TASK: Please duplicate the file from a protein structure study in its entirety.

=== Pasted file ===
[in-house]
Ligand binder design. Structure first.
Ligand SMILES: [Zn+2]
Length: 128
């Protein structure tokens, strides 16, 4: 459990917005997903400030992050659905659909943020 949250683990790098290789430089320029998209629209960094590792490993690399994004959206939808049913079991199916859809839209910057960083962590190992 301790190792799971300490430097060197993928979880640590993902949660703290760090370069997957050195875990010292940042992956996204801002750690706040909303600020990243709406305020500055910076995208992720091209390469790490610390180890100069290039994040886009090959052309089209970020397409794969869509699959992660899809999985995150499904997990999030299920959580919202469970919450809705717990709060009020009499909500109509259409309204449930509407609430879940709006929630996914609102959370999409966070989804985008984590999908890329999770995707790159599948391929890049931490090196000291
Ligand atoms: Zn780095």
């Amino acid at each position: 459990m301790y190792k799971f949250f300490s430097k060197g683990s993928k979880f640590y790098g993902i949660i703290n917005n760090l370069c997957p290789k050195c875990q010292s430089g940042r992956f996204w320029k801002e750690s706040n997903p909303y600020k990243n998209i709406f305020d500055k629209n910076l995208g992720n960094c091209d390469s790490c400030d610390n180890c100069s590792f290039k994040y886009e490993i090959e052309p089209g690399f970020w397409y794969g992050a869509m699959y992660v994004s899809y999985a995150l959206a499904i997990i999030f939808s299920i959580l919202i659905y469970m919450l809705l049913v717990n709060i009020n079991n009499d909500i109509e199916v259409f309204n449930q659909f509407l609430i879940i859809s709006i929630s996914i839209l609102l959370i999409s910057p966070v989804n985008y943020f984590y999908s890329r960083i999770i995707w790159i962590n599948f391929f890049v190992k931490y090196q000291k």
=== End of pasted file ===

[in-house]
Ligand binder design. Structure first.
Ligand SMILES: [Zn+2]
Length: 128
């Protein structure tokens, strides 16, 4: 459990917005997903400030992050659905659909943020 949250683990790098290789430089320029998209629209960094590792490993690399994004959206939808049913079991199916859809839209910057960083962590190992 301790190792799971300490430097060197993928979880640590993902949660703290760090370069997957050195875990010292940042992956996204801002750690706040909303600020990243709406305020500055910076995208992720091209390469790490610390180890100069290039994040886009090959052309089209970020397409794969869509699959992660899809999985995150499904997990999030299920959580919202469970919450809705717990709060009020009499909500109509259409309204449930509407609430879940709006929630996914609102959370999409966070989804985008984590999908890329999770995707790159599948391929890049931490090196000291
Ligand atoms: Zn780095």
């Amino acid at each position: 459990m301790y190792k799971f949250f300490s430097k060197g683990s993928k979880f640590y790098g993902i949660i703290n917005n760090l370069c997957p290789k050195c875990q010292s430089g940042r992956f996204w320029k801002e750690s706040n997903p909303y600020k990243n998209i709406f305020d500055k629209n910076l995208g992720n960094c091209d390469s790490c400030d610390n180890c100069s590792f290039k994040y886009e490993i090959e052309p089209g690399f970020w397409y794969g992050a869509m699959y992660v994004s899809y999985a995150l959206a499904i997990i999030f939808s299920i959580l919202i659905y469970m919450l809705l049913v717990n709060i009020n079991n009499d909500i109509e199916v259409f309204n449930q659909f509407l609430i879940i859809s709006i929630s996914i839209l609102l959370i999409s910057p966070v989804n985008y943020f984590y999908s890329r960083i999770i995707w790159i962590n599948f391929f890049v190992k931490y090196q000291k």